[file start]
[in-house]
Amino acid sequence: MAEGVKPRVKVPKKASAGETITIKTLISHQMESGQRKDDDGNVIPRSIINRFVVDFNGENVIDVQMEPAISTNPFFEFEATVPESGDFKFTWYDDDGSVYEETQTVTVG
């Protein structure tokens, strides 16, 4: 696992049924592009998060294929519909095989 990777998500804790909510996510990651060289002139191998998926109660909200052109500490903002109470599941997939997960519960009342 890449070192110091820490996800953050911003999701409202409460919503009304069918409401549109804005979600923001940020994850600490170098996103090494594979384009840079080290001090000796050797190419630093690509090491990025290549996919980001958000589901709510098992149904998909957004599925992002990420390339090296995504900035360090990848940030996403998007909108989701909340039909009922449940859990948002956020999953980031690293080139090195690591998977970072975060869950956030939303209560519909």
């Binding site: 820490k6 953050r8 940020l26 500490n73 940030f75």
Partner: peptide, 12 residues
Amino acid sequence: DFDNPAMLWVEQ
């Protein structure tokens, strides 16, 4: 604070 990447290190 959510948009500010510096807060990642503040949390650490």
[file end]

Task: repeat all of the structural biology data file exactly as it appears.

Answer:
[in-house]
Amino acid sequence: MAEGVKPRVKVPKKASAGETITIKTLISHQMESGQRKDDDGNVIPRSIINRFVVDFNGENVIDVQMEPAISTNPFFEFEATVPESGDFKFTWYDDDGSVYEETQTVTVG
């Protein structure tokens, strides 16, 4: 696992049924592009998060294929519909095989 990777998500804790909510996510990651060289002139191998998926109660909200052109500490903002109470599941997939997960519960009342 890449070192110091820490996800953050911003999701409202409460919503009304069918409401549109804005979600923001940020994850600490170098996103090494594979384009840079080290001090000796050797190419630093690509090491990025290549996919980001958000589901709510098992149904998909957004599925992002990420390339090296995504900035360090990848940030996403998007909108989701909340039909009922449940859990948002956020999953980031690293080139090195690591998977970072975060869950956030939303209560519909």
């Binding site: 820490k6 953050r8 940020l26 500490n73 940030f75």
Partner: peptide, 12 residues
Amino acid sequence: DFDNPAMLWVEQ
């Protein structure tokens, strides 16, 4: 604070 990447290190 959510948009500010510096807060990642503040949390650490």